Sysco Corp (NYSE:SYY) reported quality results in the fiscal third quarter. Sales increased 2.4% to $8.9 billion while diluted EPS was up over 10% to 42 cents a share. Like the improving economy, Sysco continued to demonstrate its resilience as a business that thousands of other businesses depend on during expansion and recession. While Sysco managed to weather the recession's storm in relatively fine fashion, the fiscal third-quarter results were the first since September of 2008 in which Sysco reported an increase in sales. (For more, see The Impact Of Recession On Businesses.)

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It's Always the Economy
Sysco is the world's largest food distributor and serves the entire economic pie. In addition to restaurants and grocery stores, Sysco provides its services to hospitals, schools and restaurants. So it's pretty to safe to say that Sysco gets a front-line taste of economic strength or weakness. Dominance and the stability and necessity of food distribution ensure that the company will have the wherewithal to handle even the worst economic conditions better than most. Indeed, for fiscal years ending June 30, 2008 and 2009, Sysco's profits remained stable at approximately $1 billion.

Nevertheless, it doesn't mean that the company is immune. Businesses like hotels and restaurants have fewer guests to serve when the economy is weak and consumption is muted. And that translates into fewer deliveries or smaller orders from companies like Sysco. Yet that decline is supported by supplying major names like McDonald's (NYSE:MCD) and Yum! Brands (NYSE:YUM) whose low-priced menus actually thrive in weak economies.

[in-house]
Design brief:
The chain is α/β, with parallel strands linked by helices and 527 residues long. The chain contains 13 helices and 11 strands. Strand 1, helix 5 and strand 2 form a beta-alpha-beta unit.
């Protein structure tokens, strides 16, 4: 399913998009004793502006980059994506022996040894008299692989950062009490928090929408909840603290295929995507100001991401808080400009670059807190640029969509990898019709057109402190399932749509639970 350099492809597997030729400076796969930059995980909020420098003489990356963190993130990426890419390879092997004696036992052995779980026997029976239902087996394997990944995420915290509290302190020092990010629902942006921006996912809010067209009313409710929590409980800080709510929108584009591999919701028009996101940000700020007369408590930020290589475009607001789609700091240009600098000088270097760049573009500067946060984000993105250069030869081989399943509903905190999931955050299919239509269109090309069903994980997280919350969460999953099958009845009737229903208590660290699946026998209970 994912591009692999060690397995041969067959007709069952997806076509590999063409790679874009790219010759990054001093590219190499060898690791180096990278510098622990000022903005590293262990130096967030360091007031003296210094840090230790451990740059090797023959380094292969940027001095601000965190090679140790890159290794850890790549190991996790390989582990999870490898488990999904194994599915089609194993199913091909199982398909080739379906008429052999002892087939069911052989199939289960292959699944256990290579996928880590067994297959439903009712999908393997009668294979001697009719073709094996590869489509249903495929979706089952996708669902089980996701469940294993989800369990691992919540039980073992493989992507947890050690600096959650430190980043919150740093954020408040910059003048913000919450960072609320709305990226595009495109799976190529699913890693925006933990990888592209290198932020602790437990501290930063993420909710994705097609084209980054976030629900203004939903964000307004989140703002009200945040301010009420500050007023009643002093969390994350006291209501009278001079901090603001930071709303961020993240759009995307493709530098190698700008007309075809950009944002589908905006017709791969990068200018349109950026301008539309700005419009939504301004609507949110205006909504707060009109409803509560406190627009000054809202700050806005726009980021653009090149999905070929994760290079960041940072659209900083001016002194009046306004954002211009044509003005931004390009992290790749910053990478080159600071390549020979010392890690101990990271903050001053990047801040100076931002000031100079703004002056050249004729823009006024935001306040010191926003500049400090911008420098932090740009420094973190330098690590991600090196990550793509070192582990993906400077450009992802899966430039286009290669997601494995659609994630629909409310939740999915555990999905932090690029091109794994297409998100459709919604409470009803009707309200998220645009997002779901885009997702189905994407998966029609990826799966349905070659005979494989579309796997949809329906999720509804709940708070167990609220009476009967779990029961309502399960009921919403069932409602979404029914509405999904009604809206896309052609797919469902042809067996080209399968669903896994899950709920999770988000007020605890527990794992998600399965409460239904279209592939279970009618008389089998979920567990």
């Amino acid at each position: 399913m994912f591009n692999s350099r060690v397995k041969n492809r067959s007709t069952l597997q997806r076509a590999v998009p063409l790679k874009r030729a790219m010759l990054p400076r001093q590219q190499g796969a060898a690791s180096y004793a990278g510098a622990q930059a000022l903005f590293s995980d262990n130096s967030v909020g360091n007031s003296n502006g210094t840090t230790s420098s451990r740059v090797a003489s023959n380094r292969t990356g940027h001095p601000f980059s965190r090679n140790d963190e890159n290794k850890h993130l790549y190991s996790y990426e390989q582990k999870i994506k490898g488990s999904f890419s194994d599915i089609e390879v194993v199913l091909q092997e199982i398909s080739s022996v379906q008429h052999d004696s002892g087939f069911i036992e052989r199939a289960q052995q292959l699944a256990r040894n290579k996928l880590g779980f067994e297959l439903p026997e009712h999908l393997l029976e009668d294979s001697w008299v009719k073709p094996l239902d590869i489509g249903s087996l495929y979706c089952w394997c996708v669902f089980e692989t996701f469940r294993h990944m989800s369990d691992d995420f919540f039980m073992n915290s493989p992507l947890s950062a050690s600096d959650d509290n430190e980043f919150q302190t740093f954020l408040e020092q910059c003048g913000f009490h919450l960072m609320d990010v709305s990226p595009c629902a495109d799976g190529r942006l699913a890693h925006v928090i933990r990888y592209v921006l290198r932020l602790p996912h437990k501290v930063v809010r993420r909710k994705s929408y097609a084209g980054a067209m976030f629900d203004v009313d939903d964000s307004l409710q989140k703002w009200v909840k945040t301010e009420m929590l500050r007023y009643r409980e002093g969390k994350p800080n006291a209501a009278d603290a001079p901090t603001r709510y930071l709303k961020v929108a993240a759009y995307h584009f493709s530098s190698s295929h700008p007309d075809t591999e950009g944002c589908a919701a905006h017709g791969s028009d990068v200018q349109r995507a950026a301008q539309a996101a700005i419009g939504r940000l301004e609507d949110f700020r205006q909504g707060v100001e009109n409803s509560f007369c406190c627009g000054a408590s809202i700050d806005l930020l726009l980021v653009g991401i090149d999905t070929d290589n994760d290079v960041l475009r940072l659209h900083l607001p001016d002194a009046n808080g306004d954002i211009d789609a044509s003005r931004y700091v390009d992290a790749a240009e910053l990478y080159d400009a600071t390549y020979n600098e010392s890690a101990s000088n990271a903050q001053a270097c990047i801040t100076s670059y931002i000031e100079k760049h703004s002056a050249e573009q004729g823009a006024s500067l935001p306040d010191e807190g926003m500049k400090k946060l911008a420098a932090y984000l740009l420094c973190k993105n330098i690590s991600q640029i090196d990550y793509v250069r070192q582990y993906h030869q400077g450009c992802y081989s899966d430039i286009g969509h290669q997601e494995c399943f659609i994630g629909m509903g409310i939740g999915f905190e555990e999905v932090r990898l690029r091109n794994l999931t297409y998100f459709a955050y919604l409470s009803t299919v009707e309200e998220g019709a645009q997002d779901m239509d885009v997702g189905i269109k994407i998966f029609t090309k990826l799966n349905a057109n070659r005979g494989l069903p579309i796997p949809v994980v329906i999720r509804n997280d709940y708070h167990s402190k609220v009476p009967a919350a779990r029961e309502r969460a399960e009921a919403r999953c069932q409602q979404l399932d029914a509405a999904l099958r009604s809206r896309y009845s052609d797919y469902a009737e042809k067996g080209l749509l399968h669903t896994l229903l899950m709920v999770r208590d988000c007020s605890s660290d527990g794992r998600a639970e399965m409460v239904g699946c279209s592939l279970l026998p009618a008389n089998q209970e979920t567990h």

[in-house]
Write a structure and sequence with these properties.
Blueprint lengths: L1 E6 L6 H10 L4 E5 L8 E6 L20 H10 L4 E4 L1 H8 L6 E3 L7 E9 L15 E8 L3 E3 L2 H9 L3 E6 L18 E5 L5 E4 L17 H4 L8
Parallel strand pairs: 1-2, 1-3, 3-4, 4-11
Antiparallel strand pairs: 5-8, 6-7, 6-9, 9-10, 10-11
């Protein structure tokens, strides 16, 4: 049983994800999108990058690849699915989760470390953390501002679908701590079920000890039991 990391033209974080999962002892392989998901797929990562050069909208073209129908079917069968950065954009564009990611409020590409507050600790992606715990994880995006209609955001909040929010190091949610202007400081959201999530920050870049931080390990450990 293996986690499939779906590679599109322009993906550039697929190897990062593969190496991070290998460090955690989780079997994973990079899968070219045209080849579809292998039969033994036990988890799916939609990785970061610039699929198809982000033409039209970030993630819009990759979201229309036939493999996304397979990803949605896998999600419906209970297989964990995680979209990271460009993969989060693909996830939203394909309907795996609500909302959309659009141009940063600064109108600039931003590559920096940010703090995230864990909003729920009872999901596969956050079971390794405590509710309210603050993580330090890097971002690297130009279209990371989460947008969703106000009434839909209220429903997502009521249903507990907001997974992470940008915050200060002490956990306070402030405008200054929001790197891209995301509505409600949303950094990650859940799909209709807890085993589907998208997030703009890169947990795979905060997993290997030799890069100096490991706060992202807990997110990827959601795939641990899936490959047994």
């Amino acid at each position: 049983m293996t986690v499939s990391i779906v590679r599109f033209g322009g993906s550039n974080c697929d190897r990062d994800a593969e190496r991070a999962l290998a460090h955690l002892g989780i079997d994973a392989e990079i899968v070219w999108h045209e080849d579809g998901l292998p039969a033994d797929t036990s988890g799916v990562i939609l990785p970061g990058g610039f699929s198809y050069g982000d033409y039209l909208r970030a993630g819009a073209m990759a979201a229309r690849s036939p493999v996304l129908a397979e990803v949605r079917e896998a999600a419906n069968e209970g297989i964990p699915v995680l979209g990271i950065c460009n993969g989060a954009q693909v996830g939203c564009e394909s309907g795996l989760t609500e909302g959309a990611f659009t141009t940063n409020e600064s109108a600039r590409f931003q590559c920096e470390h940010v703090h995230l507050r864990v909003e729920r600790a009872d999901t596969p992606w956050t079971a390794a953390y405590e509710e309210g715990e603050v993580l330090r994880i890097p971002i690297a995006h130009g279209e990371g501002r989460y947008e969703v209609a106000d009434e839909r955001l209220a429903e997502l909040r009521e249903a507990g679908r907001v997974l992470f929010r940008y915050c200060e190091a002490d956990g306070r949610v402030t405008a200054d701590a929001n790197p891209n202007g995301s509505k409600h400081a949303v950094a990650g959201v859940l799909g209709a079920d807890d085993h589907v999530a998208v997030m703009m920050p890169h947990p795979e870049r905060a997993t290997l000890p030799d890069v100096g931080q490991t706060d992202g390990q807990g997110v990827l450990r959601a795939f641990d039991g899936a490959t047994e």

Strength in Size
Yet decades of organic growth and acquisitions have given Sysco a formidable edge in the food distribution segment. Because Sysco's principal competitors are privately-owned names like Performance Food Group, it's difficult to compare Sysco's results against the competition in times of distress. Names like food distributor Nash Finch (Nasdaq:NAFC) has market cap of some $420 million against Sysco's $18 billion, so it's of no help to compare relative results. Sysco's sheer dominance of its industry without being subject to monopolistic consequences is very rare to find.

A Good Sign
In addition to increased sales and profitability, the best sign that Sysco's results are improving from a recovering economy was the growth in cases volume of products shipped in the quarter. Such metrics, when coming from an $18 billion dollar company with 400,000 customers, provides meaningful data that this recession is being replaced by gradual economic growth. (For more, see Profiting In A Post-Recession Economy.)

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